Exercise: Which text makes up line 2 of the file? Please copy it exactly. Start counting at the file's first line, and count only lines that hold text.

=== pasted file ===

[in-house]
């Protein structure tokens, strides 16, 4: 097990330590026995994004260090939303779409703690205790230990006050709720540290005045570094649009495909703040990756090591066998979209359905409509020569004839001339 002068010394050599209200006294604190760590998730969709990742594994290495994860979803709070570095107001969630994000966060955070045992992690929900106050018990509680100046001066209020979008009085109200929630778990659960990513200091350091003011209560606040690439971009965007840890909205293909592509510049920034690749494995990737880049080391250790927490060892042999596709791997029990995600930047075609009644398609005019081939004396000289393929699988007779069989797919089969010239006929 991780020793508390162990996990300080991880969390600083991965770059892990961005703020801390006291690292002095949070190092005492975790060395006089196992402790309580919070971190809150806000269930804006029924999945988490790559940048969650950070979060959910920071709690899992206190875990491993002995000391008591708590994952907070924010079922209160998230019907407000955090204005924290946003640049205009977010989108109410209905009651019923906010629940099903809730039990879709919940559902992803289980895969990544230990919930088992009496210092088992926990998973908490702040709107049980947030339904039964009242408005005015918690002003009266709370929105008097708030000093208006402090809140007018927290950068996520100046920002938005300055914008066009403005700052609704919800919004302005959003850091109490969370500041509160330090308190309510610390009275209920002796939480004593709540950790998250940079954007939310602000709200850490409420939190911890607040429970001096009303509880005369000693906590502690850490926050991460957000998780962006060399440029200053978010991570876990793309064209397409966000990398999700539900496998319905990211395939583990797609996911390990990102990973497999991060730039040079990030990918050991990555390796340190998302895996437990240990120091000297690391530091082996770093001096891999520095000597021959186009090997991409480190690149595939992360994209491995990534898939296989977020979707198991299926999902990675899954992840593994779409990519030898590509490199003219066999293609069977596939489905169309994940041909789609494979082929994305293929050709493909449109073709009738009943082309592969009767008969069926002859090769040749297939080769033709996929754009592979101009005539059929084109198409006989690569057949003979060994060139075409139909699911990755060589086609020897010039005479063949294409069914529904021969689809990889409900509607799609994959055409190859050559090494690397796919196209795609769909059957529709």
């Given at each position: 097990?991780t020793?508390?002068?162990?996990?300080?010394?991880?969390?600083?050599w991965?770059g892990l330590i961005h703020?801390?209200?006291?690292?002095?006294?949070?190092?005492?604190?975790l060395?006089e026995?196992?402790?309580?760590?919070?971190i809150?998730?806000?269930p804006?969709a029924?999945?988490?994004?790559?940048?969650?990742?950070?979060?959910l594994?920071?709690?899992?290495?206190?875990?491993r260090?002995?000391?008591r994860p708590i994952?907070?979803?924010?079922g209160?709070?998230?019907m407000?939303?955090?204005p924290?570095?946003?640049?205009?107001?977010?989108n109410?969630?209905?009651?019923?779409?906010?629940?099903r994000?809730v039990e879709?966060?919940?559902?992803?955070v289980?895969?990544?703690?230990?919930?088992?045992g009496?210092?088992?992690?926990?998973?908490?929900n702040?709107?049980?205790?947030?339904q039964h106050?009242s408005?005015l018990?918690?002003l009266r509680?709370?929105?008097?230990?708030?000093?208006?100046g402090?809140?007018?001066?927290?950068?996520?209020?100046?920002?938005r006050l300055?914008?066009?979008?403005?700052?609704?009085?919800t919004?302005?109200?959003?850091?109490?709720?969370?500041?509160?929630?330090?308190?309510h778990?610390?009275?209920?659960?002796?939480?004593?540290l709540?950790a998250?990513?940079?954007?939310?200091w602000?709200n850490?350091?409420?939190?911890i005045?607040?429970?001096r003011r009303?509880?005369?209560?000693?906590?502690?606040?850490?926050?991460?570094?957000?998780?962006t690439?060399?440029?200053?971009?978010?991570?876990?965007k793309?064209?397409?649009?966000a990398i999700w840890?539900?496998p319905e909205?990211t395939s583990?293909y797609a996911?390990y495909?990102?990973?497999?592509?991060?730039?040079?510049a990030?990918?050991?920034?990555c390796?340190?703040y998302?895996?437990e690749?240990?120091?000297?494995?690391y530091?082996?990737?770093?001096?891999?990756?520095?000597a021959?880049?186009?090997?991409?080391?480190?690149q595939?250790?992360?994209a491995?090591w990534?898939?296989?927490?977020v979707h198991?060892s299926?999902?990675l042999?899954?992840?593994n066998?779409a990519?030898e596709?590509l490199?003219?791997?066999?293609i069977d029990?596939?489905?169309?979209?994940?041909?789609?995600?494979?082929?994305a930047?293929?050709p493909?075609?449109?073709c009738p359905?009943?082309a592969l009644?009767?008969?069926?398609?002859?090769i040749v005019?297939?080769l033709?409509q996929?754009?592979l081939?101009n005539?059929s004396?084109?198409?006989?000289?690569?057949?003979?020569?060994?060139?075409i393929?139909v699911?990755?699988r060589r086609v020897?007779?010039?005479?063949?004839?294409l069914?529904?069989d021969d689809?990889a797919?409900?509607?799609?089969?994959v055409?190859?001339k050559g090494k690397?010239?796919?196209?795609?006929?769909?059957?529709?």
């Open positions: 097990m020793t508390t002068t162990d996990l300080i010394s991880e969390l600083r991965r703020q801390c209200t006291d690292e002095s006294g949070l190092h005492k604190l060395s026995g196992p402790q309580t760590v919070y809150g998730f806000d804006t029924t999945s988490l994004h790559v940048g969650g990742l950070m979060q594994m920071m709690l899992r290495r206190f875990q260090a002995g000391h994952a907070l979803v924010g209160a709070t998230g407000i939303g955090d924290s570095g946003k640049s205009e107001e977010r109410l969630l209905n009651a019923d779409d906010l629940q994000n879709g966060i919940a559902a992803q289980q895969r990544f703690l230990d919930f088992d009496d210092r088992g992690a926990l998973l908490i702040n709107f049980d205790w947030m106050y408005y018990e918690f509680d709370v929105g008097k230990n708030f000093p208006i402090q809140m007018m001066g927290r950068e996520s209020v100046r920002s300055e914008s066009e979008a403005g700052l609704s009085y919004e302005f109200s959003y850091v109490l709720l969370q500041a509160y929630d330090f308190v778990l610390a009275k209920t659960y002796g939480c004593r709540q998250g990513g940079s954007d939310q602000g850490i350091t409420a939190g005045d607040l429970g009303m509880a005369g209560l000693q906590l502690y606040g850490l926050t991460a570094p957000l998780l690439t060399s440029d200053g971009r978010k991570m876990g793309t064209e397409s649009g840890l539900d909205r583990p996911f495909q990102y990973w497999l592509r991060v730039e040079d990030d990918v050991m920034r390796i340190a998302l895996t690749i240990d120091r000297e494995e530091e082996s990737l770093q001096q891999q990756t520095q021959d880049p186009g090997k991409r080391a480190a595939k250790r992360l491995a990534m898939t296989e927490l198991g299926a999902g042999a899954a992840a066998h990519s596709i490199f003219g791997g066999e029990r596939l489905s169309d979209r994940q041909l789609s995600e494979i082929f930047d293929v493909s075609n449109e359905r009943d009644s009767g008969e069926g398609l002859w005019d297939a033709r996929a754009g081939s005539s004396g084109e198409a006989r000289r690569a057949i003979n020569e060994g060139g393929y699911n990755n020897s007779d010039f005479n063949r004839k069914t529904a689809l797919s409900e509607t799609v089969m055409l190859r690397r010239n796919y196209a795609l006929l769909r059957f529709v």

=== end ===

């Protein structure tokens, strides 16, 4: 097990330590026995994004260090939303779409703690205790230990006050709720540290005045570094649009495909703040990756090591066998979209359905409509020569004839001339 002068010394050599209200006294604190760590998730969709990742594994290495994860979803709070570095107001969630994000966060955070045992992690929900106050018990509680100046001066209020979008009085109200929630778990659960990513200091350091003011209560606040690439971009965007840890909205293909592509510049920034690749494995990737880049080391250790927490060892042999596709791997029990995600930047075609009644398609005019081939004396000289393929699988007779069989797919089969010239006929 991780020793508390162990996990300080991880969390600083991965770059892990961005703020801390006291690292002095949070190092005492975790060395006089196992402790309580919070971190809150806000269930804006029924999945988490790559940048969650950070979060959910920071709690899992206190875990491993002995000391008591708590994952907070924010079922209160998230019907407000955090204005924290946003640049205009977010989108109410209905009651019923906010629940099903809730039990879709919940559902992803289980895969990544230990919930088992009496210092088992926990998973908490702040709107049980947030339904039964009242408005005015918690002003009266709370929105008097708030000093208006402090809140007018927290950068996520100046920002938005300055914008066009403005700052609704919800919004302005959003850091109490969370500041509160330090308190309510610390009275209920002796939480004593709540950790998250940079954007939310602000709200850490409420939190911890607040429970001096009303509880005369000693906590502690850490926050991460957000998780962006060399440029200053978010991570876990793309064209397409966000990398999700539900496998319905990211395939583990797609996911390990990102990973497999991060730039040079990030990918050991990555390796340190998302895996437990240990120091000297690391530091082996770093001096891999520095000597021959186009090997991409480190690149595939992360994209491995990534898939296989977020979707198991299926999902990675899954992840593994779409990519030898590509490199003219066999293609069977596939489905169309994940041909789609494979082929994305293929050709493909449109073709009738009943082309592969009767008969069926002859090769040749297939080769033709996929754009592979101009005539059929084109198409006989690569057949003979060994060139075409139909699911990755060589086609020897010039005479063949294409069914529904021969689809990889409900509607799609994959055409190859050559090494690397796919196209795609769909059957529709």